Calderbank Offer – A Cost-Saving Mechanism
Given the general rule in Ireland that costs follow the event, the unsuccessful litigant is obliged to pay the costs of the victor as well as their own. Therefore, particularly in matters where liability is not at issue, defendants have an incentive to resolve matters as quickly as possible, by making full use of the various cost-saving mechanisms available to them.
One such cost saving mechanism is a Calderbank offer, which has been put on a statutory footing due to the enactment of the Legal Services Regulation Act 2015 (LSRA 2015) and specifically section 169(1)(f).
Calderbank offers are written offers of settlement made “without prejudice save as to costs”. They are particularly useful mechanisms to assist defendants in trying to facilitate the early resolution of a claim particularly because there is flexibility around when they can be made and it is not necessary to physically lodge funds in court.
The Role of Calderbank Offers – Contrasting Schools of Thought
Until fairly recently, there was debate regarding whether or not Calderbank offers had a place in personal injuries proceedings. This was due to Order 99 Rule 1(A)(1)(b) of the Rules of the Superior Courts which stated that a Court could consider such settlement offers, in considering the awarding of costs in any action “other than an action in respect of a claim or counterclaim concerning which a lodgment or tender offer in lieu of lodgment may be made in accordance with Order 22”.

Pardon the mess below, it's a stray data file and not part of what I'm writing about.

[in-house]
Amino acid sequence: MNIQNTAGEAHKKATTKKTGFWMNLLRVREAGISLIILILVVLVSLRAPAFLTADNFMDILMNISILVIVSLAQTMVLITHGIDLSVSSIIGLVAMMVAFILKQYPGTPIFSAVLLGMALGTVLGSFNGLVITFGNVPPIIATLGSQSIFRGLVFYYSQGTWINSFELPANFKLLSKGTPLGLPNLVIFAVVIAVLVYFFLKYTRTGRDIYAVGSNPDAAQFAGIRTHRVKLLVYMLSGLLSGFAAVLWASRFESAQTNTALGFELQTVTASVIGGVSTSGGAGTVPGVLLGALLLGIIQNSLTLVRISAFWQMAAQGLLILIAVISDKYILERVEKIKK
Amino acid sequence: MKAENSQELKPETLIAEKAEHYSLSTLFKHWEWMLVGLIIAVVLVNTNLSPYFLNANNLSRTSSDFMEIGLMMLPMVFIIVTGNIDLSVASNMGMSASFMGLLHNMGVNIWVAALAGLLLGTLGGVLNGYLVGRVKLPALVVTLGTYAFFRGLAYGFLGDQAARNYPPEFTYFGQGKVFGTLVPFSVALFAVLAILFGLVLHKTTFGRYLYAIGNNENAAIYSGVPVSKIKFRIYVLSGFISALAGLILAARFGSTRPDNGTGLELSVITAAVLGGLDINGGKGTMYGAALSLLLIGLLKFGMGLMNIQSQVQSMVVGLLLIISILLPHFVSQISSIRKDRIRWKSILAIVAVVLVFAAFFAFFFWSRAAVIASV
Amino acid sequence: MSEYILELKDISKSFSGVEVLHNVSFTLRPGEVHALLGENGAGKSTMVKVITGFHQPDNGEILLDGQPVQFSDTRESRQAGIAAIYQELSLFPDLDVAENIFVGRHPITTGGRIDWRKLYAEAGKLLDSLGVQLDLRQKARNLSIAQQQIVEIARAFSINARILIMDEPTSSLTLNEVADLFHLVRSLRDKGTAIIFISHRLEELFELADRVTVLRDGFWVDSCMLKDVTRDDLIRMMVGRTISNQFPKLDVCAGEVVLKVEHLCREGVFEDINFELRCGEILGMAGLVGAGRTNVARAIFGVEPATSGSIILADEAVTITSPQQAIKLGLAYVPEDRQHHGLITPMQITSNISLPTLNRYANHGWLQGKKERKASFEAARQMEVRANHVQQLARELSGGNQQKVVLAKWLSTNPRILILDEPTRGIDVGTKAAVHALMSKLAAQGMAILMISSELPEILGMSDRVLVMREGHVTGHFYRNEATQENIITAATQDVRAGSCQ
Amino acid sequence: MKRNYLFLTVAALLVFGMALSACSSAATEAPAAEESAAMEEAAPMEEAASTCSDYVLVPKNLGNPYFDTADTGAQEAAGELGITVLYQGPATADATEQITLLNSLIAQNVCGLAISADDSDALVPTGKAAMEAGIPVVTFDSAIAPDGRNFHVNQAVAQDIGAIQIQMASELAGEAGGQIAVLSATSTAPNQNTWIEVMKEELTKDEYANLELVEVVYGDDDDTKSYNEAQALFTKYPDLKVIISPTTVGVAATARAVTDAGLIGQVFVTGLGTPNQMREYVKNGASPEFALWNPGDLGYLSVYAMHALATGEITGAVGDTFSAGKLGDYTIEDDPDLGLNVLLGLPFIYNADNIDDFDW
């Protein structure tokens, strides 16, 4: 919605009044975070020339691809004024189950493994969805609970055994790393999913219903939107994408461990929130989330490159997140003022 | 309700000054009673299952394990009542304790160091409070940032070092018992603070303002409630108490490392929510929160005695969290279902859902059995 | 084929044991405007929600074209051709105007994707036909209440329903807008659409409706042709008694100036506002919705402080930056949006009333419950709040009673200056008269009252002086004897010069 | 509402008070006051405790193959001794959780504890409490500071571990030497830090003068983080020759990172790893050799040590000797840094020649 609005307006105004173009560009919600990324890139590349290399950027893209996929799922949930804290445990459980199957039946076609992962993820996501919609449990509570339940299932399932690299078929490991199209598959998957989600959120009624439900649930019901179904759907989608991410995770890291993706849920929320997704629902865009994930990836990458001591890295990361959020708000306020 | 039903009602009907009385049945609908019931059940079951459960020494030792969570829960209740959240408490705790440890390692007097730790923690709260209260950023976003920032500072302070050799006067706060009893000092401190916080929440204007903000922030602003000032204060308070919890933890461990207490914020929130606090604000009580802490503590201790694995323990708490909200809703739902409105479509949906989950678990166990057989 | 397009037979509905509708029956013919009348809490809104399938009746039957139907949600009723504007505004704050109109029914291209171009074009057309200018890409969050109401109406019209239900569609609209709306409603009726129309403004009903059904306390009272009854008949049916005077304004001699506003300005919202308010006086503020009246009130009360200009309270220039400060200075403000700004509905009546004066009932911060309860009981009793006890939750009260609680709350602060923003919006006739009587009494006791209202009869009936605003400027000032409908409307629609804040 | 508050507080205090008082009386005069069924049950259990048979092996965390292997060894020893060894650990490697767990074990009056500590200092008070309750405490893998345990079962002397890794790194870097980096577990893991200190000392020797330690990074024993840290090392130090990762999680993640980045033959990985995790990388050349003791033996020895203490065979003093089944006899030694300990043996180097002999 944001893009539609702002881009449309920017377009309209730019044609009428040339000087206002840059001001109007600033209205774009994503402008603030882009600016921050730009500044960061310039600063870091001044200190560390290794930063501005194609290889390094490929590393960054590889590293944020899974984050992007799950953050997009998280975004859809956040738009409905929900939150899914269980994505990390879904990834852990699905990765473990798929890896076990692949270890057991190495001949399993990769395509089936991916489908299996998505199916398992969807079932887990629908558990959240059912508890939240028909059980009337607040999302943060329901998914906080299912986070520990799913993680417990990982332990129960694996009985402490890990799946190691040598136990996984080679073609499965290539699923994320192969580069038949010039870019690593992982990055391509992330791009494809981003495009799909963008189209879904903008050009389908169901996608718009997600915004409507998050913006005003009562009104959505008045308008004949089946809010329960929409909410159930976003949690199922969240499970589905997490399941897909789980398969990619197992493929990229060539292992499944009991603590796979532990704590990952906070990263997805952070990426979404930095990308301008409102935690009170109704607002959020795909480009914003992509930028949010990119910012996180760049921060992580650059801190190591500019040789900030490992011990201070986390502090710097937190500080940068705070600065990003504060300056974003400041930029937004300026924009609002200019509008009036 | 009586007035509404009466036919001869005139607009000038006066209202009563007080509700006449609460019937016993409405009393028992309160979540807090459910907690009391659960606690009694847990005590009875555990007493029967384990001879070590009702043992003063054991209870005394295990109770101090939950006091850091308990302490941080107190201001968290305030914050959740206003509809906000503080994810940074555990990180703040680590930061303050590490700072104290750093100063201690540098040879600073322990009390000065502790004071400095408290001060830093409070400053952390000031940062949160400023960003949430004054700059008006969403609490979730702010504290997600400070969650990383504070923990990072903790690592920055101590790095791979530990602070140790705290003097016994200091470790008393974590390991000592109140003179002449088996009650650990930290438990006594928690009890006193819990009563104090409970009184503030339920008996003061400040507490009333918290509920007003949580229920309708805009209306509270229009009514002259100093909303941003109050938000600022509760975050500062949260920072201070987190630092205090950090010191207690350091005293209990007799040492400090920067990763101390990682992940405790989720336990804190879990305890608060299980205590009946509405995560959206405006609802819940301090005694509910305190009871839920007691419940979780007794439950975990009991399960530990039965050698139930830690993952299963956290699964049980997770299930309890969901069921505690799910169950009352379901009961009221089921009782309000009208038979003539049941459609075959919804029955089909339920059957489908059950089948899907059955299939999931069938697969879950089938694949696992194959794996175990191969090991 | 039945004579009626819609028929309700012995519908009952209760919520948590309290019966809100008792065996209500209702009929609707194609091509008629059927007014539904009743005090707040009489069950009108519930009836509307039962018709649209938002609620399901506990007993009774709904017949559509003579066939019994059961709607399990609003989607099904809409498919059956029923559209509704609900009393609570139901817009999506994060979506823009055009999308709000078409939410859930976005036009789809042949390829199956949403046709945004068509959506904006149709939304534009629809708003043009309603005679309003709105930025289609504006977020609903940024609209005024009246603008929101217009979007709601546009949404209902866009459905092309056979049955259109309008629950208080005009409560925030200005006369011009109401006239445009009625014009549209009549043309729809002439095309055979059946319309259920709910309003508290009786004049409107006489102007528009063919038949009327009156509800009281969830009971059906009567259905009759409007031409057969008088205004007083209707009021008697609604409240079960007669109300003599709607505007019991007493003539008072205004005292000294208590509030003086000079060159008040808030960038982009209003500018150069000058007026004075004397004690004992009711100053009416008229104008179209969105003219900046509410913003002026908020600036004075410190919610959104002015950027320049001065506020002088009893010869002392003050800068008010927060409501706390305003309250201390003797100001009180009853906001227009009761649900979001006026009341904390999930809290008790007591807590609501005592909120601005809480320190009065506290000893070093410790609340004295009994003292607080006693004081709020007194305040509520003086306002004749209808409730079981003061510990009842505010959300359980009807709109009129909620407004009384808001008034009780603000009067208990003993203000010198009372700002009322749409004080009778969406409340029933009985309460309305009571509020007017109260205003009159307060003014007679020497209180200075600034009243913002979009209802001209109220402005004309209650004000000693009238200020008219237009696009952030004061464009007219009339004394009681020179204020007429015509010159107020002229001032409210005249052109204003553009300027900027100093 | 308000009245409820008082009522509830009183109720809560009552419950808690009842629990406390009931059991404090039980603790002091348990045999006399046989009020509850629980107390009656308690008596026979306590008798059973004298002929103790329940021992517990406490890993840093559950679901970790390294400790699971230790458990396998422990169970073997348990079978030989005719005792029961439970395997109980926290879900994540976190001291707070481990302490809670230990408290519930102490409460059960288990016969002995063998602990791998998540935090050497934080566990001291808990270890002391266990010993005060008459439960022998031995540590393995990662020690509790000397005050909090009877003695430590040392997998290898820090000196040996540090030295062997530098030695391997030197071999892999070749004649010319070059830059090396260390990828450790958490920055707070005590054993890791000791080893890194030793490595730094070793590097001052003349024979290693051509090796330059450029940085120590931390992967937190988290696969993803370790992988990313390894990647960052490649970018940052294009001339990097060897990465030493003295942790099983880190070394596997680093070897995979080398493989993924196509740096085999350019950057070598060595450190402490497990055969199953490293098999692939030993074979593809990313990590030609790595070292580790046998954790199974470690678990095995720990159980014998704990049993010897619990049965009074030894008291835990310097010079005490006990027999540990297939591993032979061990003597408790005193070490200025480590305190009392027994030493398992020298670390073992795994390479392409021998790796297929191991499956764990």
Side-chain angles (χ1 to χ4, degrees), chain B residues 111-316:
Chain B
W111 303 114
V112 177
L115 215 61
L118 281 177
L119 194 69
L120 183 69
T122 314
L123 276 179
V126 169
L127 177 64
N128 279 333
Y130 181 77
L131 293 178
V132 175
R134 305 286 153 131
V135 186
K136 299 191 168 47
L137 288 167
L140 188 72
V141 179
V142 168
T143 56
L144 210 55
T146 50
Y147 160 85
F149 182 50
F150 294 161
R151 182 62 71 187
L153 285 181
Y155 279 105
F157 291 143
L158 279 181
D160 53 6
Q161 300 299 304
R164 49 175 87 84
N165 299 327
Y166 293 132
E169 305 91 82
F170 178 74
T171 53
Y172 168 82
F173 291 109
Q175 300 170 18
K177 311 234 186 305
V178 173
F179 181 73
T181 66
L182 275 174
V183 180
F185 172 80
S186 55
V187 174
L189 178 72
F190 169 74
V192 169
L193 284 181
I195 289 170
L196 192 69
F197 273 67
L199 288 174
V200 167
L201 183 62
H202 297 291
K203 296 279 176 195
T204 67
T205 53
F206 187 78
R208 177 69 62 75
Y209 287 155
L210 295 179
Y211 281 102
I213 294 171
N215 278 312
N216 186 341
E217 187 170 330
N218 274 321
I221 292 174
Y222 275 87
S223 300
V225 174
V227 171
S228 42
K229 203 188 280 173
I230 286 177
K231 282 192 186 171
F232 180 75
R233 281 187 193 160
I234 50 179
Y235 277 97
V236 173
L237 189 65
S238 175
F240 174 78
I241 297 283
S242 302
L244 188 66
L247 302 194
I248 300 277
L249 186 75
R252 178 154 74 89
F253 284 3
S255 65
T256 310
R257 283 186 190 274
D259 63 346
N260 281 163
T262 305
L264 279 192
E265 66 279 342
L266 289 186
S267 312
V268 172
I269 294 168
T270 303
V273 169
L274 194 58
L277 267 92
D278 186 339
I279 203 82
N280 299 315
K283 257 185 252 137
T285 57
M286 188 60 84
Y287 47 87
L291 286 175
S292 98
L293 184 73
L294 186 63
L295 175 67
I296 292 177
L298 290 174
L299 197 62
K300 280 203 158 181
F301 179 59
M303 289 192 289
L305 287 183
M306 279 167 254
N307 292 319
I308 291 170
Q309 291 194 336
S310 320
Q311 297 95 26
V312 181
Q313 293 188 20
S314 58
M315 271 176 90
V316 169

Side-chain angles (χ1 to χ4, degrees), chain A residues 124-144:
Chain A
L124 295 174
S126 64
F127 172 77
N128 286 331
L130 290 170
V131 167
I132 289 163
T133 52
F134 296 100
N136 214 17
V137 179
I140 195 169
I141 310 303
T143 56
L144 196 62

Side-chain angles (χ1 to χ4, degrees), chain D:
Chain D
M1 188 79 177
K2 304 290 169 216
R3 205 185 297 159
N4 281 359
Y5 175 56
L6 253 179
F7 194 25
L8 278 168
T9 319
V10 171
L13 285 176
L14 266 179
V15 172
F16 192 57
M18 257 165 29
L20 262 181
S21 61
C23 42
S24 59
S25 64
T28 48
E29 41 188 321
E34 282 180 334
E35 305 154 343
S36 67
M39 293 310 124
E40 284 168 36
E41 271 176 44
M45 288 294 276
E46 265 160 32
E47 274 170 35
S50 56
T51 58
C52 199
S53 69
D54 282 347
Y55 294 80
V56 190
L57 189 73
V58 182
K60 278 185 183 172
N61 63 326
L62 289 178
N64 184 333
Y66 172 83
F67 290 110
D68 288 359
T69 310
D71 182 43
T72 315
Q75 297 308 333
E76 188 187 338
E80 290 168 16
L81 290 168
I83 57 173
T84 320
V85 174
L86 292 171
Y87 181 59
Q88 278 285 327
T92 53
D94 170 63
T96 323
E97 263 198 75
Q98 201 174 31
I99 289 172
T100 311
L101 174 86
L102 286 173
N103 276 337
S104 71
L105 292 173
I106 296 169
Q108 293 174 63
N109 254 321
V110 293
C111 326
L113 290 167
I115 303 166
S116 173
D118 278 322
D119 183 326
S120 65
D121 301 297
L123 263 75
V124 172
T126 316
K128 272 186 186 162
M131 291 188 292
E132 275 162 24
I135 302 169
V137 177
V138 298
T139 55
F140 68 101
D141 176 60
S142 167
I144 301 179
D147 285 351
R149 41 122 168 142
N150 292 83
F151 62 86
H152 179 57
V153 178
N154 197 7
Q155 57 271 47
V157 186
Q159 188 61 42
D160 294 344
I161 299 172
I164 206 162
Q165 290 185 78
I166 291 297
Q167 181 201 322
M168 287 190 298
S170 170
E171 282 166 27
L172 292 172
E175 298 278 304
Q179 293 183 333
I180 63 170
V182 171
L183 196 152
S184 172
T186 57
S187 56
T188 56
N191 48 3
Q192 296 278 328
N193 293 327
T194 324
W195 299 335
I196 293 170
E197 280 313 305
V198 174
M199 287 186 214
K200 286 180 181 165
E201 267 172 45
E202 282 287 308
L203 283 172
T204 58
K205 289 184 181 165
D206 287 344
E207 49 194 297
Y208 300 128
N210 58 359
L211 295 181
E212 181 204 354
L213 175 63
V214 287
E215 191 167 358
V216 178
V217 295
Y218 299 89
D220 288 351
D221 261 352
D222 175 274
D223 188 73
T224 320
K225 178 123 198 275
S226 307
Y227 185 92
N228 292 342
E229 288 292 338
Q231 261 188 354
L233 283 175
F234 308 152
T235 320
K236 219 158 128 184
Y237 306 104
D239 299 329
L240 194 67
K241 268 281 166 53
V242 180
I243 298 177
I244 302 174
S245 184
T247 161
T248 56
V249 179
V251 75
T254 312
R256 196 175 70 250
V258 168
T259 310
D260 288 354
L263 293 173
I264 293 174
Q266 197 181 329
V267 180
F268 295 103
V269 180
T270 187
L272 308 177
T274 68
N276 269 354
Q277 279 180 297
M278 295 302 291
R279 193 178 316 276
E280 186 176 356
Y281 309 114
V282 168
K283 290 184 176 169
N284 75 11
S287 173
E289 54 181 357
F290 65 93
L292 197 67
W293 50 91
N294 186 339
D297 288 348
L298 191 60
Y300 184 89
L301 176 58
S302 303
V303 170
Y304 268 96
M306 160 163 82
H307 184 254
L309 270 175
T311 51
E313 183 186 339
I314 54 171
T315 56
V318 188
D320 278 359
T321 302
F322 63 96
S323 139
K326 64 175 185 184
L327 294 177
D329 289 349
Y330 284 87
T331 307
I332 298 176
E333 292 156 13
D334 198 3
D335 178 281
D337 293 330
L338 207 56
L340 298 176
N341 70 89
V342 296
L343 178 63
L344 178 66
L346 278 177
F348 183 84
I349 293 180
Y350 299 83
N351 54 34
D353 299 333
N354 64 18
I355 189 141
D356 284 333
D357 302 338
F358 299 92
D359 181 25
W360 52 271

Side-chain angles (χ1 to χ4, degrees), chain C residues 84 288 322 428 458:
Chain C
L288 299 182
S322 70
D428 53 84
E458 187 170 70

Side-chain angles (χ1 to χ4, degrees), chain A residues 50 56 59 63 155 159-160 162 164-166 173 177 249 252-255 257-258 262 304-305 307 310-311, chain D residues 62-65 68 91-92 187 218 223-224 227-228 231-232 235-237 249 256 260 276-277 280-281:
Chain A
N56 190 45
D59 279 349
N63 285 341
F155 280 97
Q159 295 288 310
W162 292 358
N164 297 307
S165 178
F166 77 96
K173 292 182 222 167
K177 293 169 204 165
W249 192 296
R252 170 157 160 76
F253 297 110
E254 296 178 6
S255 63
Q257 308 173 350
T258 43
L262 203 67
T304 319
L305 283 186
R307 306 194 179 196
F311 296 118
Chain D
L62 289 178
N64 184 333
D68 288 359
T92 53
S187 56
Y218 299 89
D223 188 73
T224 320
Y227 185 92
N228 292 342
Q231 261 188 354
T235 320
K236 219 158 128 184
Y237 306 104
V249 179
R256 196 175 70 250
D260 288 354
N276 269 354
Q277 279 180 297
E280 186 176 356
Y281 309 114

This seemed to suggest that a court could not consider a Calderbank offer if a lodgment or tender offer could be made in the case and since lodgments/tenders can be made in personal injuries actions, Calderbank offers had no place. Nonetheless, Calderbank offers have been used in personal injury proceedings to good effect in achieving settlements even if the courts were not often called upon to consider them in the context of a dispute around costs.
LSRA 2015 – Calderbank Offers on a Statutory Footing
The LSRA 2015 and specifically section 169(1)(f), puts an end to any debate around whether and when Calderbank offers have a place in civil litigation, including personal injuries action.
Section 169(1) of the LSRA, states that “a party who is entirely successful in civil proceedings is entitled to an award of costs against a party who is not successful in those proceedings unless the court orders otherwise, having regard to the particular nature and circumstances of the case, and the conduct of the proceedings by the parties”.
Section 169 then goes on to list out various factors to be taken into account by the court including section 169(1)(f) “whether a party made an offer to settle the matter the subject matter of the proceedings, and if so, the date, terms and circumstances of that offer.”
The enactment of the LRSA 2015 is therefore a welcome development for defendants, as it strengthens the arsenal of tools available in their efforts to resolve personal injury matters expeditiously by removing any debate over the legitimacy of Calderbank offers.
Calderbank Offers – Points to Consider
Certain points should be borne in mind when making Calderbank offers:
- It will be for the Defendant to petition the Court that the offer was such that it ought to displace the principle that costs follow the event, and it will be for the Court to determine the extent to which that principle should be displaced.